Mark Osborne uses a magnificent set of stop motion animation to weave the Little Prince’s original tale. The prince goes on to narrate his story to the aviator of how he met his rose, and about his sojourn therefrom.

There are metaphors galore, even in its subtle personification. Falling in love with a rose is actually insinuating falling in love with a girl.

The Little Prince: “You are perfect.”

Rose: “Am I not? I was born the same moment as the sun.”

The rad depiction of how the little prince just sits there, trying to reason with a vain Rose, how circumstances change the course of the planet and they end up sitting against each other have been beautifully animated.

“The shame of it was that they loved each other. But they were both too young to know how to love.”

The Rose realizes its mistake, and tries to apologize:

“Of course I love you. If you are not aware of that, it’s my fault.”

image of the little prince with rose still

Gloom lurks nevertheless in those button like eyes of the prince. You can make it all out with Osborne’s thoughtful depiction of dusk as he covers the Prince up in a glum demeanour.

“I would very much like to see a sunset. It would remind me of my rose.”

You can grab the DVD of The Little Prince movie here:

Characters: Reflections of Societal Elements

Biding somewhat by the original, wherein the Little Prince met six, here he meets three of the characters inhabiting asteroids. All of the three are uncanny lives that have been critiqued beautifully. One is a king without subjects who has a feigned sense of power and has nobody to rule over, very much suggestive of impersonators.

still of the conceited man in the little prince movie

Then there is that narcissistic element, the conceited man who just can’t wait to garner more praises. Reflective of how people run for vanity, even though it doesn’t earn them any strata. The third one is the Businessman who simply spends day counting stars which reflects people in real lives who are after money and materialism.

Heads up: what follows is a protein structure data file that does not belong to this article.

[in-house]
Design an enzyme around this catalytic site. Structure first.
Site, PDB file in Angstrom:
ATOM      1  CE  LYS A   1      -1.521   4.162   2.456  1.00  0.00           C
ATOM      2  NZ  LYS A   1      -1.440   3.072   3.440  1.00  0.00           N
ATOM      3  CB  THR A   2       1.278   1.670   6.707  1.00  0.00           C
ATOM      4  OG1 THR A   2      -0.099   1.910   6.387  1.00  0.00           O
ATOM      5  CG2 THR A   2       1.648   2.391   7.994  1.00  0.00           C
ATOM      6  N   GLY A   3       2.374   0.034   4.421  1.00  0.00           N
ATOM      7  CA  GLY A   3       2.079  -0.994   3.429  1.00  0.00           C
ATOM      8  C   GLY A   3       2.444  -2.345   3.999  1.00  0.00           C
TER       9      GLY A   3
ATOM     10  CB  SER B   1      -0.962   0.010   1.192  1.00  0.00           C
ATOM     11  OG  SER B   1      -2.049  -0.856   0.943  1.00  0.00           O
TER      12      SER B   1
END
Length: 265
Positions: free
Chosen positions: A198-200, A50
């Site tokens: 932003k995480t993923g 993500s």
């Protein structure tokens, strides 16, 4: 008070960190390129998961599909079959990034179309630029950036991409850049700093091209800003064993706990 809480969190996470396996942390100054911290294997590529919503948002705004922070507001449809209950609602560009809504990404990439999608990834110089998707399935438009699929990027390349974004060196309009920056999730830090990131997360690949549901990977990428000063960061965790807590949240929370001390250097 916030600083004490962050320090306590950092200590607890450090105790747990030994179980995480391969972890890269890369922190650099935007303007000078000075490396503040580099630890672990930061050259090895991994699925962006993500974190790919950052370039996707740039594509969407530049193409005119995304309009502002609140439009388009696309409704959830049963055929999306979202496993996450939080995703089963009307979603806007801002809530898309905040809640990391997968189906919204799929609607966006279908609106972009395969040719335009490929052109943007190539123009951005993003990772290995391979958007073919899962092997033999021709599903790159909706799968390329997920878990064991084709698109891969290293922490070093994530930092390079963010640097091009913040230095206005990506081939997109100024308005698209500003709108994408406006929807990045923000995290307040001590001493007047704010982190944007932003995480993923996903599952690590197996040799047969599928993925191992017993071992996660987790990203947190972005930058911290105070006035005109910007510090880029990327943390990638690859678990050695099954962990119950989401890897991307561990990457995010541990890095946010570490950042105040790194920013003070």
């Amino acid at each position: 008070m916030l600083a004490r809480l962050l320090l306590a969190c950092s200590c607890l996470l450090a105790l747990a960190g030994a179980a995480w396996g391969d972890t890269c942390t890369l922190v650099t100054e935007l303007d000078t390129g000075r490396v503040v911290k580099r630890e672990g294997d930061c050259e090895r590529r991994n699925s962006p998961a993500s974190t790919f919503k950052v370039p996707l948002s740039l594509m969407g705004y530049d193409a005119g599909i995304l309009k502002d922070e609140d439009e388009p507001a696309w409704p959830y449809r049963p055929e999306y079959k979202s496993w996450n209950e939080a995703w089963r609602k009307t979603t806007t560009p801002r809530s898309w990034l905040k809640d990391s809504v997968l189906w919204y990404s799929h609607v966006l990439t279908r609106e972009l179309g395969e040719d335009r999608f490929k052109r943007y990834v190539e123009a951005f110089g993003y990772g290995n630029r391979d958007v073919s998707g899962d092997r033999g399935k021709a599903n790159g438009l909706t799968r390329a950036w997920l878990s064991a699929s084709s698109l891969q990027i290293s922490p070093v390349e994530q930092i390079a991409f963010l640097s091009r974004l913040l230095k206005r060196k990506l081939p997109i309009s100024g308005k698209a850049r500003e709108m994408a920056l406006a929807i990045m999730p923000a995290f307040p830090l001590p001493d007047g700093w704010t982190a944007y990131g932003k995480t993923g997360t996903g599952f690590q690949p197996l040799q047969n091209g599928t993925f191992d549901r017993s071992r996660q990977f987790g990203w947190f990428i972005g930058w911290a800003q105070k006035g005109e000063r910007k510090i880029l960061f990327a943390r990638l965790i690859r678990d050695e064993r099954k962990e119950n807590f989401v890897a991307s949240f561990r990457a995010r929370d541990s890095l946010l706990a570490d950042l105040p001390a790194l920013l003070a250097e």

“What good does it do you to be rich?”

After knowing about all such characters in the little prince, the little girl realizes how grownups do not know what they are really after. They stay under the schism of immaterial things. She considers them really odd.

There is one brilliantly shot scene where the little girl is drinking from her glass, and from the bottom of it she realizes that her mother too is caught and lost in one asteroid, one planet of her own, just like those characters from The Little Prince tale.

“I am not so sure I wanna grow up any more.”

still of the little girl and the aviator in the little prince movie

To that the old Aviator explains:

“Growing up is not the problem. Forgetting is.”

The Prince Resumes his Tale

The Little Prince story continues with the prince finding a snake in the desert on Earth. He doesn’t find anybody else, and inquires:

“Where are the men? It is a little lonely in the desert.”

To which the snake replies:

“It is also lonely among men.”

Taming a Fox

It is then when he finds not a cunning, rather a clever fox and strikes up a chord.

“To me you will be unique in all the world. And to you I shall be unique in all the world.”

On coming across a rosebush, the prince becomes sad for he thought his rose was the only one in the whole universe.